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Cleft Palate Craniofac J. 1993 Sep;30(5):441-6.

Soft-palate myogenesis: a developmental field paradigm.

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  • 1Center for Craniofacial Disorders, Scottish Rite Children's Medical Center, Atlanta, GA 30342.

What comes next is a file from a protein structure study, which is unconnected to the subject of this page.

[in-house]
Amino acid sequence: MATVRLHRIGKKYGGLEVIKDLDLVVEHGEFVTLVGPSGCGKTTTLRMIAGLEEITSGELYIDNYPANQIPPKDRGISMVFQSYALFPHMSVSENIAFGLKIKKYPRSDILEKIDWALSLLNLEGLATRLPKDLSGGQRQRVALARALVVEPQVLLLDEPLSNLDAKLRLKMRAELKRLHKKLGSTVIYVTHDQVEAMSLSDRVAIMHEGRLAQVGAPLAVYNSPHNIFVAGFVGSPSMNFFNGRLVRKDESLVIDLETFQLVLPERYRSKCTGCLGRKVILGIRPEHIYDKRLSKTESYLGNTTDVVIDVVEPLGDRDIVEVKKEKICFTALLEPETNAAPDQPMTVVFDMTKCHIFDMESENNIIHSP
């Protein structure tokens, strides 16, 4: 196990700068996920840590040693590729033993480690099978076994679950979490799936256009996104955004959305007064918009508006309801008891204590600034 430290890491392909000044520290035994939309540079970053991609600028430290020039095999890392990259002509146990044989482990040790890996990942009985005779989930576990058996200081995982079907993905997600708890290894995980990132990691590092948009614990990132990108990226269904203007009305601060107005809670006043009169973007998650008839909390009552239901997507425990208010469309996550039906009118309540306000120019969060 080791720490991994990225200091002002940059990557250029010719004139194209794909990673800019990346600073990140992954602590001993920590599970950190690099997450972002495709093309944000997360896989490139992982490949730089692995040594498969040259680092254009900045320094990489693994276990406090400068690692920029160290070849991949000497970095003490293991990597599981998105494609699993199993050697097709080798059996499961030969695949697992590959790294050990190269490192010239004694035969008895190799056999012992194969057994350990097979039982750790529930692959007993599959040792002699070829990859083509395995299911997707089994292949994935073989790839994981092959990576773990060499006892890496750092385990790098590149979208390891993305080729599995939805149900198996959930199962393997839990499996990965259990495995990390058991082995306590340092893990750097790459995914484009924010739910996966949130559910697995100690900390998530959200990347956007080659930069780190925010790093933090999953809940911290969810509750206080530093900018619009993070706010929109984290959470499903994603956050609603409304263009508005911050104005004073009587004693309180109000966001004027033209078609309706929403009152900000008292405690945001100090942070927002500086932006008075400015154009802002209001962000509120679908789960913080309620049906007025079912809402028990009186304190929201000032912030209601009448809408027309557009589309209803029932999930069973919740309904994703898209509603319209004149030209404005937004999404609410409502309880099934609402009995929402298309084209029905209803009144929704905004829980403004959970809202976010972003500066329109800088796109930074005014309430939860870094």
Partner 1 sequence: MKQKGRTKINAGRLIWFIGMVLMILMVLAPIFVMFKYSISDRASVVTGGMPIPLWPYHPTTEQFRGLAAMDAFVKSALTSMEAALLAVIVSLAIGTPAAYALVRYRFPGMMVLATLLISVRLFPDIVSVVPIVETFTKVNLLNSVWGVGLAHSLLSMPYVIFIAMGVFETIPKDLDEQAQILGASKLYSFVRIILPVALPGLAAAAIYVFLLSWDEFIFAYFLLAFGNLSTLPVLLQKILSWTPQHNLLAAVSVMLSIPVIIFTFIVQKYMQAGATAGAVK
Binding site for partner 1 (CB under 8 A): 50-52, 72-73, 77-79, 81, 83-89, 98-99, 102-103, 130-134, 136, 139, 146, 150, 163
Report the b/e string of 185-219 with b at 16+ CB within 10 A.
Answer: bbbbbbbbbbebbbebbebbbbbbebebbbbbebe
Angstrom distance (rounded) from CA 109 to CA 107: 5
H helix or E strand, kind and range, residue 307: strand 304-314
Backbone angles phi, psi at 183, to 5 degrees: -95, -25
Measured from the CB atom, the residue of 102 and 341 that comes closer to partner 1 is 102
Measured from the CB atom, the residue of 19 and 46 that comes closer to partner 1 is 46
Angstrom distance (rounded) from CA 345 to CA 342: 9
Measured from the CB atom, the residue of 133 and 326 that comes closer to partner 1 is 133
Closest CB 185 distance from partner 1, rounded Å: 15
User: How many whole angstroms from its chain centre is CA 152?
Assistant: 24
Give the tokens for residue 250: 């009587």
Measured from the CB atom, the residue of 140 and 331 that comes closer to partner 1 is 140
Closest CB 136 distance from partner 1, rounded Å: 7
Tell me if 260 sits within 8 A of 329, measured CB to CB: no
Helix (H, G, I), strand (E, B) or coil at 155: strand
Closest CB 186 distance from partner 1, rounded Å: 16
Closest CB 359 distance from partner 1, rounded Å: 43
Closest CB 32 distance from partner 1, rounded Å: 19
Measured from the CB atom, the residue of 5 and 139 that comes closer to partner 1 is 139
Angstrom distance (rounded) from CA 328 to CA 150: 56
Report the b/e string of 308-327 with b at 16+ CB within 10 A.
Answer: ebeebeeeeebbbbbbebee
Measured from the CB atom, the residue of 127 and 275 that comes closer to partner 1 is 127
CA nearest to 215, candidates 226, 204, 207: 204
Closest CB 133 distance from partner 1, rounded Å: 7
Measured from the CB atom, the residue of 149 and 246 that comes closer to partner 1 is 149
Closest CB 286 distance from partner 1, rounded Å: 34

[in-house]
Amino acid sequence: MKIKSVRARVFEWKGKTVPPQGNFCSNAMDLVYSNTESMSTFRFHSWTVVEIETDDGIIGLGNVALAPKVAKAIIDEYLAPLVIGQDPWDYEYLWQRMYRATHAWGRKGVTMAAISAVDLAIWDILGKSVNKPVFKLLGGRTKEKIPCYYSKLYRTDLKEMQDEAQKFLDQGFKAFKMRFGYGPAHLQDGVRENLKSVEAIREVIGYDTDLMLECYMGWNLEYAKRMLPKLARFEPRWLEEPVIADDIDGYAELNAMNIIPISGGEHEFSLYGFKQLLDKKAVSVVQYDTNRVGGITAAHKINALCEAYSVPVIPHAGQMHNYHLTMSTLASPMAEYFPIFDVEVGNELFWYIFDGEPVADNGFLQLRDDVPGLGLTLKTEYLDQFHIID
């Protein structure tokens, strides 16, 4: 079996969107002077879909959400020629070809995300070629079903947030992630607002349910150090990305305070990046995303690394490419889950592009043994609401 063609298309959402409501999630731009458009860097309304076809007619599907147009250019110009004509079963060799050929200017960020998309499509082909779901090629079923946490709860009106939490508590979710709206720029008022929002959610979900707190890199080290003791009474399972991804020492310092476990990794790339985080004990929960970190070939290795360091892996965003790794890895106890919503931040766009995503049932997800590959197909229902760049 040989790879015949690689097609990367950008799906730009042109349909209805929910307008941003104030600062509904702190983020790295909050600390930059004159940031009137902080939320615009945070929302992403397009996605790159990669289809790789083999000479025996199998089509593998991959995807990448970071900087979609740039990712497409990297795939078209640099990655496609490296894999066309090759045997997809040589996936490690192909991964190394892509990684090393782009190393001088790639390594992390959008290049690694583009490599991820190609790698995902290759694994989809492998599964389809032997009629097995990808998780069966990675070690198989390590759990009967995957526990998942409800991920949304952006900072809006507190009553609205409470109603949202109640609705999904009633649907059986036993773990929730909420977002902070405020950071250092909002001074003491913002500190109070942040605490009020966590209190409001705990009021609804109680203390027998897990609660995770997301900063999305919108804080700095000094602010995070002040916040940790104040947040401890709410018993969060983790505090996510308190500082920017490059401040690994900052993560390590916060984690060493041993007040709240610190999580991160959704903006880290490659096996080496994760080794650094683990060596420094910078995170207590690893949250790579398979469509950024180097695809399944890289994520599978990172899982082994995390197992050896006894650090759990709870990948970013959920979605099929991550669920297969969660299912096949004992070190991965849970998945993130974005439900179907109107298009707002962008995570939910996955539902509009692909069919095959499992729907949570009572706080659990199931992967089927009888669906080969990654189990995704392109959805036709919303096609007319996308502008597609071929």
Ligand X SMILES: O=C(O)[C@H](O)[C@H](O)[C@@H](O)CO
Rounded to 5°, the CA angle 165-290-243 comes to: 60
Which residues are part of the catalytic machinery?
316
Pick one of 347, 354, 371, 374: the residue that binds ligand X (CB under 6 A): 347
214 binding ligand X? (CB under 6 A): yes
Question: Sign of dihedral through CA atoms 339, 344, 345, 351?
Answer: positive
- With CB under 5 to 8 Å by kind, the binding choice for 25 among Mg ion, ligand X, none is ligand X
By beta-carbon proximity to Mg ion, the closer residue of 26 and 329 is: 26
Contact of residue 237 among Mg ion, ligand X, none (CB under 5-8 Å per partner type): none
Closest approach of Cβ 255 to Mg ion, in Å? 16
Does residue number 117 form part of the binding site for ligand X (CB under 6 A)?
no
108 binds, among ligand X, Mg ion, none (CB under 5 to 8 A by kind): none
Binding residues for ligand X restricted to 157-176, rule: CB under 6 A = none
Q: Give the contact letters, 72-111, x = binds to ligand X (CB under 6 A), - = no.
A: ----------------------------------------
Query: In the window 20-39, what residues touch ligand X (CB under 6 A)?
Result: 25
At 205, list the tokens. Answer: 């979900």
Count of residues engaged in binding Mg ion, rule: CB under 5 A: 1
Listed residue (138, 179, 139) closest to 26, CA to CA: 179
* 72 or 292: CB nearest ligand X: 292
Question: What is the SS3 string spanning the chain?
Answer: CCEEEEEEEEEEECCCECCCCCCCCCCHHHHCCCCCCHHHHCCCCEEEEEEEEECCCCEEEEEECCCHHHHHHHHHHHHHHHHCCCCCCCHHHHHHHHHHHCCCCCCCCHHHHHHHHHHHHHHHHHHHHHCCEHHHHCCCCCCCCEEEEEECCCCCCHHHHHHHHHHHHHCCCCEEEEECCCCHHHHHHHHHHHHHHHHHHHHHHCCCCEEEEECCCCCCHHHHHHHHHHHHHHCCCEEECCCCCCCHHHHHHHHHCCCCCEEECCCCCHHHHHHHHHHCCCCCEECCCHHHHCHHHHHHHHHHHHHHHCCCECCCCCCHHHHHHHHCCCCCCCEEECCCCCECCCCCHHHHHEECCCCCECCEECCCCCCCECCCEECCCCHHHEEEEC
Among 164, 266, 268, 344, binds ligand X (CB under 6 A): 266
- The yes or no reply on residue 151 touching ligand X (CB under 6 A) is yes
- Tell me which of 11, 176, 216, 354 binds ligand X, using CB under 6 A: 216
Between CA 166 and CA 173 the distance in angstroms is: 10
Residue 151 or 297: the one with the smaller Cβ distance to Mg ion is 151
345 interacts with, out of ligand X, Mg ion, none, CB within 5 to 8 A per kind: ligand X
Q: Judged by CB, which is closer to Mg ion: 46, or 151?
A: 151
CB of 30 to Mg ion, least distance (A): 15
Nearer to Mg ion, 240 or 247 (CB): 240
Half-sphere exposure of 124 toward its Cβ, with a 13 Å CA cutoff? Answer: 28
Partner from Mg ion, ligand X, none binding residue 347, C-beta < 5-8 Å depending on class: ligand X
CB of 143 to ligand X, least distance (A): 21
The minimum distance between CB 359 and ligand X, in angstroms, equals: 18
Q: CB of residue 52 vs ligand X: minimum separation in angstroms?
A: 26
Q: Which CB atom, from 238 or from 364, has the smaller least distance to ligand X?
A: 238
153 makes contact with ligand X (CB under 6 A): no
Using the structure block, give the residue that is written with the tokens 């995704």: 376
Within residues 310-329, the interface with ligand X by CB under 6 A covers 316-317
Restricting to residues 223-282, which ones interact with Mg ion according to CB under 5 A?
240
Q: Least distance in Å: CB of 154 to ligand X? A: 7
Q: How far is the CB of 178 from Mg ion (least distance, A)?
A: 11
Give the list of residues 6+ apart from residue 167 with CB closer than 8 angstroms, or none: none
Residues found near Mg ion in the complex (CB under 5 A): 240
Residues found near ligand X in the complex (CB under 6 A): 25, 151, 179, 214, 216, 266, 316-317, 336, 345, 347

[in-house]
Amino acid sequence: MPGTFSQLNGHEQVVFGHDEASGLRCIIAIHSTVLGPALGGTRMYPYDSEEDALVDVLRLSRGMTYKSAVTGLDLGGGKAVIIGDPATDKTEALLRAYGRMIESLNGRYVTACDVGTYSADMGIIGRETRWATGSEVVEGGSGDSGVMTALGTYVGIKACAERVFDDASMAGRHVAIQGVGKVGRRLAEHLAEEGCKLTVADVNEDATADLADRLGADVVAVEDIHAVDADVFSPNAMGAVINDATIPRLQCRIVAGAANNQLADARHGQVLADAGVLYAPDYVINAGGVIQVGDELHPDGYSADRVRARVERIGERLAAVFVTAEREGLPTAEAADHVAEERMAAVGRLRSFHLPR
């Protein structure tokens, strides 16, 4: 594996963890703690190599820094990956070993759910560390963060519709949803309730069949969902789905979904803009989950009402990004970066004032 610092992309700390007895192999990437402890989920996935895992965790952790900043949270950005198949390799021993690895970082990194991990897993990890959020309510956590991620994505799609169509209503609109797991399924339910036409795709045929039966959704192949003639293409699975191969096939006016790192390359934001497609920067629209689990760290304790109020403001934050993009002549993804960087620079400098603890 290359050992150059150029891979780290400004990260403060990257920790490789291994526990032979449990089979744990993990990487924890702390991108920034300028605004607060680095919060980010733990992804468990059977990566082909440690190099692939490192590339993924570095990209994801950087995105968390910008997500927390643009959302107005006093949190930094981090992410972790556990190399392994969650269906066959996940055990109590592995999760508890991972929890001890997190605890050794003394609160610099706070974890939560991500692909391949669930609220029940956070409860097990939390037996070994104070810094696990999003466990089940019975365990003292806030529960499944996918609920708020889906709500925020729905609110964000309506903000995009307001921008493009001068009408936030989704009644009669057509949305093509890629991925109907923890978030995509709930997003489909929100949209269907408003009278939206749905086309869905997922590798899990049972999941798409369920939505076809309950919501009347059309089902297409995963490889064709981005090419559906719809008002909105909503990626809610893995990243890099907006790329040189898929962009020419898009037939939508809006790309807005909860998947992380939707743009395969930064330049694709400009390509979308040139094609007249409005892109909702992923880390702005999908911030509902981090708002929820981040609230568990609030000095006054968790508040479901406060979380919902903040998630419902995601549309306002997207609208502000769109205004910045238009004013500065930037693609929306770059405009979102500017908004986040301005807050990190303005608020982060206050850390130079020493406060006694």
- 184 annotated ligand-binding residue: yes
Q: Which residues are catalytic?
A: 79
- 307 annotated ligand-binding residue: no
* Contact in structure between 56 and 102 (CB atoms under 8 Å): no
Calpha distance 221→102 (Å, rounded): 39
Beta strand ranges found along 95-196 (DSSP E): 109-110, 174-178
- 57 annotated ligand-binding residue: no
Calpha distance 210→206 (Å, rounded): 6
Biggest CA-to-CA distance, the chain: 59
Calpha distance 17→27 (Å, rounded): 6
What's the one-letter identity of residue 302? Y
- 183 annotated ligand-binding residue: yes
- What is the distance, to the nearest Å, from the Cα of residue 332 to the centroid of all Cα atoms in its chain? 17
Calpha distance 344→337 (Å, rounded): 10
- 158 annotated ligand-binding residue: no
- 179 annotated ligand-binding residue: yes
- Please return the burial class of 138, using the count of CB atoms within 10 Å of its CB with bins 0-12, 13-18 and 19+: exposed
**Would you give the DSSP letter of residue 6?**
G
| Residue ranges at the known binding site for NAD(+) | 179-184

Surgical correction of clefts of the soft palate leads to varying degrees of normal function although the repair itself is successful. Explanations for this include structural abnormalities of the muscles. Previous studies have focused primarily on gross anatomical features of late fetal and postnatal cleft palate musculature; however, infrequent reference has been made to early prenatal morphologic patterns of soft-palate development, beginning with the embryo. Thus we evaluated the chronology of prenatal myogenesis of the soft palate from its early mesenchymal phase through the appearance of definitive palatal muscles and associated structures in a sample of 22 human fetuses that represented postfertilization weeks 6.5 to 20.5 (18- to 192-mm crown-rump length). Specimens were histologically prepared for descriptive and morphometric light microscopy. Data were collected on the earliest appearance times of identifiable soft palate and associated structures within the mesenchymal field and on their individual stages of myogenesis (e.g., for muscles, from mesenchyme to myoblasts to fascicles). Analyses showed that (1) palatal muscles and related bony structures emerge sequentially as densely staining mesenchymal subfields within the larger mesenchymal soft-palate field during the 6- to 9-week period, with the tensor veli palatini muscle appearing earliest, and the musculus uvulae latest; (2) further morphogenesis of the soft palate and associated structures follows a definite timeline; and (3) by 16 to 17 weeks the postnatal palatal morphology is in place.

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